Main symptoms


Symptoms caused by Xylophilus ampelinus appear mostly in spring and mid-summer. They fluctuate according to bacterial strains, grape varieties, cultivation techniques, and environmental conditions. It should be noted that the bacteria can be present in a latent state on the vine, without the latter expressing any symptoms.

  • Buds

This bacteria prevents bud break or slows it down. Subsequently, poorly developed young shoots can be observed, wilting and gradually drying out. 

  • Leaves

Symptoms on the leaves can be different depending on the location of the bacteria on and in the vine.

- If X. ampelinus has an epiphytic development (on the surface of the lower leaves of the vine shoots), this bacterium, penetrating through the stomata and colonizing the parenchyma, causes small angular oily spots, 1 to 3 mm in diameter, of a brown tint dark at term, and surrounded by a more or less marked chlorotic halo (figures 1 and 2). Note that when the attacks take place on young leaves, these in the presence of spots can be more or less deformed (figure 3).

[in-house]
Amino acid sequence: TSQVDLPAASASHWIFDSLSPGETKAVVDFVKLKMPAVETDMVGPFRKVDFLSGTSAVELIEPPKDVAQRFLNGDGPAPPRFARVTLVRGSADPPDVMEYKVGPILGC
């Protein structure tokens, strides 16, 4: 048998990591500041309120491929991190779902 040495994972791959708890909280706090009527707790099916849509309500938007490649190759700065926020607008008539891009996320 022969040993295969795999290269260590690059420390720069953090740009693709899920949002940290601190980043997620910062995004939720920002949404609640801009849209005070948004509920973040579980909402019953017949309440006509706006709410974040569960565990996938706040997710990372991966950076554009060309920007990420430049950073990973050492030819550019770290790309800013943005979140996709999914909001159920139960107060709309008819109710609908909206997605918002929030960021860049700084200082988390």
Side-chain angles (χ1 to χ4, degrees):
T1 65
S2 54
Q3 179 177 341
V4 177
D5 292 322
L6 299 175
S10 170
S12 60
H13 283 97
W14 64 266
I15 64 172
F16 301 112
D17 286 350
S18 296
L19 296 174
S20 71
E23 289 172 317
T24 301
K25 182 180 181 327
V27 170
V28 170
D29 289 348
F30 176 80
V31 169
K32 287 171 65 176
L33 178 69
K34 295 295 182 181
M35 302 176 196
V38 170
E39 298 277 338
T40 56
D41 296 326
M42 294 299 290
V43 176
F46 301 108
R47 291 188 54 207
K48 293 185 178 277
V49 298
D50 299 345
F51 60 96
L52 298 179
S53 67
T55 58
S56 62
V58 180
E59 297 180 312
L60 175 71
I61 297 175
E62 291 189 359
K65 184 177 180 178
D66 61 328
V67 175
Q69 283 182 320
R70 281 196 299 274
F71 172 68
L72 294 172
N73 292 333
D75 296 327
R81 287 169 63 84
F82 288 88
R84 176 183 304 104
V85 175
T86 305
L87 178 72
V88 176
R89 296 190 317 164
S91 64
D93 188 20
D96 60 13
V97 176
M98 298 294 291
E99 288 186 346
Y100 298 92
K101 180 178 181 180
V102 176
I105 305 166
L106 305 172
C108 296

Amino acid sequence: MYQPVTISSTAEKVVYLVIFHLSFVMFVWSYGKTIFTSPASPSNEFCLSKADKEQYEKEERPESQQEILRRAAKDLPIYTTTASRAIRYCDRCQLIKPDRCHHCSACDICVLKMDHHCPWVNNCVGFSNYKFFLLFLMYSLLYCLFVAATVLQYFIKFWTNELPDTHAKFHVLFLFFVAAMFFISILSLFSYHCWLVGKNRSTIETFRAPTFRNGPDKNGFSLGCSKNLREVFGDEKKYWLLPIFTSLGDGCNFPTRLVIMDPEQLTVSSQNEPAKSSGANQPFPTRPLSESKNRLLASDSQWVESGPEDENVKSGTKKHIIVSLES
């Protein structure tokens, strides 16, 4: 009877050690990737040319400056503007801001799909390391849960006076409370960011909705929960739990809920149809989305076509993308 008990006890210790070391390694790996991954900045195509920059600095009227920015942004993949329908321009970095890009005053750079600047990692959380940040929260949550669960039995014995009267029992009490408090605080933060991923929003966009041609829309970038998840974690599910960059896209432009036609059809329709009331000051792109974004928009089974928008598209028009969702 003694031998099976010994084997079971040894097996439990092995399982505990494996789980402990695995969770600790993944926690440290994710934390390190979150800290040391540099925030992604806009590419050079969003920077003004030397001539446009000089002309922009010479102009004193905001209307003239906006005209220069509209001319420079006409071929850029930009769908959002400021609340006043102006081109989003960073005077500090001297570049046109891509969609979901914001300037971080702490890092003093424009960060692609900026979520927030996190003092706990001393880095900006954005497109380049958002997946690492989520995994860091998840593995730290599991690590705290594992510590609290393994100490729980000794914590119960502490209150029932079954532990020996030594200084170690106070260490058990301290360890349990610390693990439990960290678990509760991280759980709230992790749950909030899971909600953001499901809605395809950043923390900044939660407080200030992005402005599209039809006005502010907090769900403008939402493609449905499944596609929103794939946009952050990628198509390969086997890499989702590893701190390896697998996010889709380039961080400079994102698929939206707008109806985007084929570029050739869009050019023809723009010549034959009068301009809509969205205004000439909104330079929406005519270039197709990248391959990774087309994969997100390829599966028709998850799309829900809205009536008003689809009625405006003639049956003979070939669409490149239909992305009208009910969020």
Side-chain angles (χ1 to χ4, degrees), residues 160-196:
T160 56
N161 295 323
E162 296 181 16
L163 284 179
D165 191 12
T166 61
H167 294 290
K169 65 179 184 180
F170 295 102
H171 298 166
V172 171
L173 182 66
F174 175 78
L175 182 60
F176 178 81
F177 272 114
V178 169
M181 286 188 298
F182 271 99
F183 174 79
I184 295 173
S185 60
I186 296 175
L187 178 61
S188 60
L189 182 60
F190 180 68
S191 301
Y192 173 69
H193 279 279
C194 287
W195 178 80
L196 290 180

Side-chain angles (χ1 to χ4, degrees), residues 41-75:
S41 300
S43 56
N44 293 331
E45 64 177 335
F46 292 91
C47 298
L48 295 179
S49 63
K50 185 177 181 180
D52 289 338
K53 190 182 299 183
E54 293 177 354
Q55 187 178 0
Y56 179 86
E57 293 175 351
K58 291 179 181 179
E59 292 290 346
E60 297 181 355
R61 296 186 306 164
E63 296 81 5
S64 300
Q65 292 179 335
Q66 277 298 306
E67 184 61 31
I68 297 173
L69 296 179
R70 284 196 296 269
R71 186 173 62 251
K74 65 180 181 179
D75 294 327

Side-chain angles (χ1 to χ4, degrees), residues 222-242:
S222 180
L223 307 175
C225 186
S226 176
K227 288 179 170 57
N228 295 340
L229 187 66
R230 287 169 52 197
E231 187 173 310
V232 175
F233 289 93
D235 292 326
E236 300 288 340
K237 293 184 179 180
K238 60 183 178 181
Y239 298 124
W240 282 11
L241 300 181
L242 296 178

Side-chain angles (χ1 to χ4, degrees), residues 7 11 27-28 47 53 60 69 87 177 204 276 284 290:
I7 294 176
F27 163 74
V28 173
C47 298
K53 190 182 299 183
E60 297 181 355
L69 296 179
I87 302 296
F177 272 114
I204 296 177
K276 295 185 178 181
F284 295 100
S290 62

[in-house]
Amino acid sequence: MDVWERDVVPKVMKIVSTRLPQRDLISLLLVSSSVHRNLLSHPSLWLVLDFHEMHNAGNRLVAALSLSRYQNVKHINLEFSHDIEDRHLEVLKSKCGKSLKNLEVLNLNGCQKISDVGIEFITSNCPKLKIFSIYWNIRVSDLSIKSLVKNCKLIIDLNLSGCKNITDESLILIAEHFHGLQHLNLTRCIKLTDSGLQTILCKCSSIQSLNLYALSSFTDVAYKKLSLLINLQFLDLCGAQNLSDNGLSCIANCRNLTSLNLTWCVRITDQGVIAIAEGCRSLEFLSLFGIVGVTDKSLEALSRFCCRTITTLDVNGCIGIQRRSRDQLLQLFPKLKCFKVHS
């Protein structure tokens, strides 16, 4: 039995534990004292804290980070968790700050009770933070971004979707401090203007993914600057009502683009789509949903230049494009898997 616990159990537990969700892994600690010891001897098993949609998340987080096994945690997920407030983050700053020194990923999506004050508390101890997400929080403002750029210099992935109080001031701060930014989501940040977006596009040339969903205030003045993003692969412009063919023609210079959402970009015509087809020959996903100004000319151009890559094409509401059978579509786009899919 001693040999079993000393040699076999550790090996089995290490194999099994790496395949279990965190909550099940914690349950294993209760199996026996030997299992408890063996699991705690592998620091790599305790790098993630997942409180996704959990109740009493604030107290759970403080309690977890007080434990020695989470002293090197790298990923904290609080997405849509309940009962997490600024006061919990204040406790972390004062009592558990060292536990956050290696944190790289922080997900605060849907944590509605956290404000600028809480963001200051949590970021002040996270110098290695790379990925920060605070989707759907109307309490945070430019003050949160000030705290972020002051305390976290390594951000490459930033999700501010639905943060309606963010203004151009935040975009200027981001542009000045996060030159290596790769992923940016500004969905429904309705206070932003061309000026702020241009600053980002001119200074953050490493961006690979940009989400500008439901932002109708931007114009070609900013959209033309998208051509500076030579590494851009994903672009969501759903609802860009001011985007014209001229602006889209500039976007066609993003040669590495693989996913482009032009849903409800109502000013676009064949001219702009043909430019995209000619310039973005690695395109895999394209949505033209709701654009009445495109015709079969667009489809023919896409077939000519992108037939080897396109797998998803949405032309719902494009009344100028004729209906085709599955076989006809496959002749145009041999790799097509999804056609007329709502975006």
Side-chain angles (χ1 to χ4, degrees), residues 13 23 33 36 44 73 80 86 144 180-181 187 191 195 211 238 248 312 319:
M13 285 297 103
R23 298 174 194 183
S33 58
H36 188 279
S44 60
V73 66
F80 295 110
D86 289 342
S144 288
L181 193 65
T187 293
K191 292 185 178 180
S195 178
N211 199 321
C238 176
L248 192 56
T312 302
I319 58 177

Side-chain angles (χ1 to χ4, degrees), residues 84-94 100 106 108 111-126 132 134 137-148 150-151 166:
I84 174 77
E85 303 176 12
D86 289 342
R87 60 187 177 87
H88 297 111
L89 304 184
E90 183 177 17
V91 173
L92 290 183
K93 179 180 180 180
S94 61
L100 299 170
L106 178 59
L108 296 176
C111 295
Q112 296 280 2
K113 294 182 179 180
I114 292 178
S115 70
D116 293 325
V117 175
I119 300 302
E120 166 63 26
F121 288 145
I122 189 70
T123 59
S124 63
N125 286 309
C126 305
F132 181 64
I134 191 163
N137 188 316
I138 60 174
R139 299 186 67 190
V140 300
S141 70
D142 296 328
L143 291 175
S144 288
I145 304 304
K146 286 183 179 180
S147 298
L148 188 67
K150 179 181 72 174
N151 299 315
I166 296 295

- When it colonizes the vessels, as in the case of many vascular diseases, yellowing and more or less sectorial dryings appear on the leaves, frequently starting at the periphery of the blade (figure 4). Ultimately, the necrotic, tan colored, non-functional leaves may drop.

  • Peduncles and twigs

Longitudinal oily lesions, brown to black, more or less canker at term, bursts, cracks can be observed on the peduncles and the stalk of the bunches, on the twigs (figures 5 to 8) and the branches.

  • Inflorescences

A sagging of the flower buds (figure 9), dryness sometimes appears on the inflorescences.

Last change : 04/20/21
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